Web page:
Take the 2-minute tour ×
Stack Overflow is a question and answer site for professional and enthusiast programmers. It's 100% free, no registration required.

I have an array like this:

Array(
  'level1' => 'someval',
  'level2' => 'someotherval',
  'level3' => 'thirdval'
)

I want to turn it into this:

Array(
  'someval' => Array(
    'someotherval' => Array(
      'thirdval' => 1
    )
  )
)

Obviously I could build the example above by hand but I don't know how many levels there will be. And this simple example might seem useless, but there are going to be more values, so there will be multiple arrays inside each of the levels.

share|improve this question
    
Your questions is a little vague? what are you needing to store inside of the multi-dimensional array? What states to which level an array needs to be nested etc etc? Will that pattern continue or do will some levels contain multiple values? –  anthony.c Nov 3 '11 at 18:20
    
Where does the value of 1 come from? –  Tim Cooper Nov 3 '11 at 18:31
    
@Tim Cooper Sorry, that was a typo. –  user774528 Nov 3 '11 at 18:42

3 Answers 3

This will do it

$array = array(
          'level1' => array(
             'level2' => array(
                 'level3' => 1
              )
           )
         );
share|improve this answer
5  
I guess OP wants it to be dinamic... –  gustavotkg Nov 3 '11 at 18:18
1  
Sorry, I mistyped part of my question. Please also see the last paragraph. I can easily build the array in the manner you demonstrated, but I don't know how many levels there will be, so I need to recursively loop through it or something similar. –  user774528 Nov 3 '11 at 18:19
    
Not sure what you are looking for, but you might research "pass by reference" and "recursive" function/method calls. That might help your understanding some. –  jjwdesign Nov 3 '11 at 18:21

Here's my take on it:

function make_multi_level_array($arr) {
        if (count($arr) == 1) return array(array_pop($arr) => 1);
        else {
                $level_key = array_pop(array_reverse($arr));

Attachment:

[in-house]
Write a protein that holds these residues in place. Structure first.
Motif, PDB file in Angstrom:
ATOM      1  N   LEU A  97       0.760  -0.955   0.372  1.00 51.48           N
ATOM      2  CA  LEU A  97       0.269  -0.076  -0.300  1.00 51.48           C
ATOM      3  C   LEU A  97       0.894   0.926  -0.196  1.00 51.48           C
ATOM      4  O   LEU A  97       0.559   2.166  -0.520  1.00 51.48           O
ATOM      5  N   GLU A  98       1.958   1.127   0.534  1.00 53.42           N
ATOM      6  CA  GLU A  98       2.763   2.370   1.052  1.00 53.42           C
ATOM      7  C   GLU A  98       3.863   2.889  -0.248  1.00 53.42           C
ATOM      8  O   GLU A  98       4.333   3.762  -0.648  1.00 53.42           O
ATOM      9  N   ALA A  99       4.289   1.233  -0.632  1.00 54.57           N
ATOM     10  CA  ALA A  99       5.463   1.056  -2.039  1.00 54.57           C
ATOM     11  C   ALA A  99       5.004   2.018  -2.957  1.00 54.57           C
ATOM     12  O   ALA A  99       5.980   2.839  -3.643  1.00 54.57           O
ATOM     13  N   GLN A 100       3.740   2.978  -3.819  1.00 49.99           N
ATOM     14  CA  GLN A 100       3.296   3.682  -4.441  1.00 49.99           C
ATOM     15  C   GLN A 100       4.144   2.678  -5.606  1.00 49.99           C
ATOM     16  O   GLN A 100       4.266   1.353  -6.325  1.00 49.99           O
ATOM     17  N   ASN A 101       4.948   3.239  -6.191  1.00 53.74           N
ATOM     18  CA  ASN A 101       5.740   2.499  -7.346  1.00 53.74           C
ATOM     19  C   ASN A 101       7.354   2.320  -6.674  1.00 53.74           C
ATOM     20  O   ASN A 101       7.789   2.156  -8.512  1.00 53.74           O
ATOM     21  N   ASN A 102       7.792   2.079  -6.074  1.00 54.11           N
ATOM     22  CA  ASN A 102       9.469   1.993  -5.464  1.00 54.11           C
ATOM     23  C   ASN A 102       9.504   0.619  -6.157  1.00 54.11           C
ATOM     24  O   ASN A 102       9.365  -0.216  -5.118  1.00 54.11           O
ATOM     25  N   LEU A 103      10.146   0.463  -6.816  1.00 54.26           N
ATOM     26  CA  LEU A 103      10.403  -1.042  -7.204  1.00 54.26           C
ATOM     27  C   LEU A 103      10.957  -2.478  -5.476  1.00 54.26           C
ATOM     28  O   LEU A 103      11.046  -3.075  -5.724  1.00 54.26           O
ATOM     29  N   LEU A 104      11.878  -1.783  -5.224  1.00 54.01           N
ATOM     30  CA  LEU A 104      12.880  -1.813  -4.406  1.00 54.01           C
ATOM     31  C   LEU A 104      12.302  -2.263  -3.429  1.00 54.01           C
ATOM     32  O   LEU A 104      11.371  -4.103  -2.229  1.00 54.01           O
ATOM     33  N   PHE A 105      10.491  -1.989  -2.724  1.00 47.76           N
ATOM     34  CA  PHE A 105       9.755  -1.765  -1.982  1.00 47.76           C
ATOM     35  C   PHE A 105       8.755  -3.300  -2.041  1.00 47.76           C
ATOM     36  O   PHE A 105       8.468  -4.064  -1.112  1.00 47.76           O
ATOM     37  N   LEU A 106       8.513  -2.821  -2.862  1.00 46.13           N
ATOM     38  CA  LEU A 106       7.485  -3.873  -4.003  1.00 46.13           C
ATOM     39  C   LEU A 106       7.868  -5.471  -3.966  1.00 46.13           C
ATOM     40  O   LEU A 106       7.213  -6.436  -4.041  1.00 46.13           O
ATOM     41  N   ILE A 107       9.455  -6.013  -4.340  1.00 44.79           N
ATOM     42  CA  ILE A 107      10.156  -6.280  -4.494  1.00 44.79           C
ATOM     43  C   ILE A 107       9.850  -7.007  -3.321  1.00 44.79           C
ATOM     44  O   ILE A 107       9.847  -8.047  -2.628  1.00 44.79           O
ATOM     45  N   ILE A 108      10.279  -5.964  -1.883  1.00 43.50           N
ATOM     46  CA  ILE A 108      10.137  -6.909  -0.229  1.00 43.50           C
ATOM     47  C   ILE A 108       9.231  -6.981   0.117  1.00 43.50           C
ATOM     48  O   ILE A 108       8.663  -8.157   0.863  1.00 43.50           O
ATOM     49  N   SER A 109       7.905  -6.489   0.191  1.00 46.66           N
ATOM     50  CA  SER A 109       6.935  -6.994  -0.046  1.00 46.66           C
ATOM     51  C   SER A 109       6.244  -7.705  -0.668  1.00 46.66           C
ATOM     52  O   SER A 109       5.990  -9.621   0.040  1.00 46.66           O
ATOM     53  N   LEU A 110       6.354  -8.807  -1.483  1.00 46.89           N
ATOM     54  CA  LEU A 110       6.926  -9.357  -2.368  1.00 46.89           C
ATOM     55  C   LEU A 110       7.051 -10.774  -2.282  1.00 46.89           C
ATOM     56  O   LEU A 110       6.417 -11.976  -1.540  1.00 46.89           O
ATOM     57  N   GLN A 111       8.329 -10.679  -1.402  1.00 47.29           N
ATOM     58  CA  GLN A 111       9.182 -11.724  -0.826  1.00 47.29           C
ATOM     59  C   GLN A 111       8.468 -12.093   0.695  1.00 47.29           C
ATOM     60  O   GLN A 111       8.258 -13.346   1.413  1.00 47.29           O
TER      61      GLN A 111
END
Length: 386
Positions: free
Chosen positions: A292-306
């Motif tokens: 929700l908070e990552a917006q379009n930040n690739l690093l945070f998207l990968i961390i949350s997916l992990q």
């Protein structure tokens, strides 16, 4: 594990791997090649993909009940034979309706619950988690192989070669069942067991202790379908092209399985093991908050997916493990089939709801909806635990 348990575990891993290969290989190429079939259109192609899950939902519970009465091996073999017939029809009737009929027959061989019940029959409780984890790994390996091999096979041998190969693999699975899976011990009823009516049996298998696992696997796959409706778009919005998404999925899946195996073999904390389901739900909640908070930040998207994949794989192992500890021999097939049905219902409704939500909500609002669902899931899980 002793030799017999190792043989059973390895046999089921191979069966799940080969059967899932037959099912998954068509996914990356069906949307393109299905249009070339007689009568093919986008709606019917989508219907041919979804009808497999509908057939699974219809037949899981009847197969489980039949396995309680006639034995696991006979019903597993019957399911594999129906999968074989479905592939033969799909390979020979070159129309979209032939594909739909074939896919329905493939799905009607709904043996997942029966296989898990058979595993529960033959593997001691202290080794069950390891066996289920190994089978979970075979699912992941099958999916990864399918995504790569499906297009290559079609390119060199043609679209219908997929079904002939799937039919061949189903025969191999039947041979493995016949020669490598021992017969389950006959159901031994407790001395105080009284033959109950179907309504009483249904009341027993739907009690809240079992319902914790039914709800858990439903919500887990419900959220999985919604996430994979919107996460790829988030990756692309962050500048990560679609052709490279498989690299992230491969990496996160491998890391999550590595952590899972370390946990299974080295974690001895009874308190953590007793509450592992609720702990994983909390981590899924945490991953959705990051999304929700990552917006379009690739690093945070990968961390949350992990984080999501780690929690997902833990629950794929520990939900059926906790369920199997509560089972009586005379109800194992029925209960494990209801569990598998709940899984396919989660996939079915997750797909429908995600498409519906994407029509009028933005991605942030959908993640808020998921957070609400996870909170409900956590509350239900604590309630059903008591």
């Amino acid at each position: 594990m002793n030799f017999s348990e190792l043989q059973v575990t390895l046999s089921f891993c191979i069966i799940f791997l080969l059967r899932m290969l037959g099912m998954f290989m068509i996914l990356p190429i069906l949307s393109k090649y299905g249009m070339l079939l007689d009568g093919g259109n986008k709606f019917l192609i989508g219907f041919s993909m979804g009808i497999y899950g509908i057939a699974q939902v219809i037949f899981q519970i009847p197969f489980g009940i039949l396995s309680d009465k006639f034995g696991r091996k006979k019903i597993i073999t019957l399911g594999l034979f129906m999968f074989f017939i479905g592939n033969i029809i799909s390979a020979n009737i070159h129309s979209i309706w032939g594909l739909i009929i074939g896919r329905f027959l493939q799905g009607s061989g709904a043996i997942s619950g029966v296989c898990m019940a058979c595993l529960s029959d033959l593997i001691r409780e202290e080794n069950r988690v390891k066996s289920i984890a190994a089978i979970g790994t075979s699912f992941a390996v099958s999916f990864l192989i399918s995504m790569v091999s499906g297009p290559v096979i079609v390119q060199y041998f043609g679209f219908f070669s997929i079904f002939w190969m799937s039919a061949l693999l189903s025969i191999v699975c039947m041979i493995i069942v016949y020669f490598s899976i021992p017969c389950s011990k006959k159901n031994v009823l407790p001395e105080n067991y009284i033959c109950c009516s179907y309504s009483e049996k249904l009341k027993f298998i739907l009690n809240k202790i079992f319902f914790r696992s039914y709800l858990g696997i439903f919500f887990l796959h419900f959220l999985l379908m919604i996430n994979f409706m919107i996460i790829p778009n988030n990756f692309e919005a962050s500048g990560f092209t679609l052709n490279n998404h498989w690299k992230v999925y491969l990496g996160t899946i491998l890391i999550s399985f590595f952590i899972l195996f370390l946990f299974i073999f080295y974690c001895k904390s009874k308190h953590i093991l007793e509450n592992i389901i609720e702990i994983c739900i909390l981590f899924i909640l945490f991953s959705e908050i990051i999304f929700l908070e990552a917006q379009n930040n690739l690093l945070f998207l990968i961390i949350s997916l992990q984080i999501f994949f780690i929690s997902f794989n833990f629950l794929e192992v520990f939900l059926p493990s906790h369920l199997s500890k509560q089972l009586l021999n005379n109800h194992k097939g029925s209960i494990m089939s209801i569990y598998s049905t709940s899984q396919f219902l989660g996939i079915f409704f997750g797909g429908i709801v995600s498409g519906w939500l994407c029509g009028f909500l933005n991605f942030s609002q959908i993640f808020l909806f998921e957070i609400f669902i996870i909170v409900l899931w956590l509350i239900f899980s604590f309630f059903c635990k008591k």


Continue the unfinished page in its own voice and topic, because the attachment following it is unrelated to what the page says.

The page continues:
$sub_level = make_multi_level_array(
                        array_slice($arr,1,count($arr)-1)       
                );
                return array(
                        $level_key => $sub_level
                );
        }       

}
$arr = array(
   'level1' => 'someval',
   'level2' => 'someotherval',
   'level3' => 'thirdval',
);

var_dump(make_multi_level_array($arr));

Will output this:

array(1) {
  ["someval"]=>
  array(1) {
    ["someotherval"]=>
    array(1) {
      ["thirdval"]=>
      int(1)
    }
  }
}

Also tried other cases like below.

$arr = array(
  'level1' => 'someval',
  'level2' => 'someotherval',
  'level3' => 'thirdval',
  'level4' => 'fourthval'
);

Seems okay:

array(1) {
  ["someval"]=>
  array(1) {
    ["someotherval"]=>
    array(1) {
      ["thirdval"]=>
      array(1) {
        ["fourthval"]=>
        int(1)
      }
    }
  }
}
share|improve this answer

Do you need something like this?

$levels = array_keys(Array(
  'level1' => 'someval',
  'level2' => 'someotherval',
  'level3' => 'thirdval'
));
$array = Array();
$aux = &$array;
foreach ($levels as $level => $value) {
   if ($aux == 1)
       $aux = array($value => 1);
   $aux = &$aux[$value];
}
var_dump($array);
share|improve this answer
    
Never tried using the "&" in PHP before. Looks good. Will try it :) –  Jeune Nov 3 '11 at 18:50

Your Answer

 
discard

By posting your answer, you agree to the privacy policy and terms of service.

Not the answer you're looking for? Browse other questions tagged or ask your own question.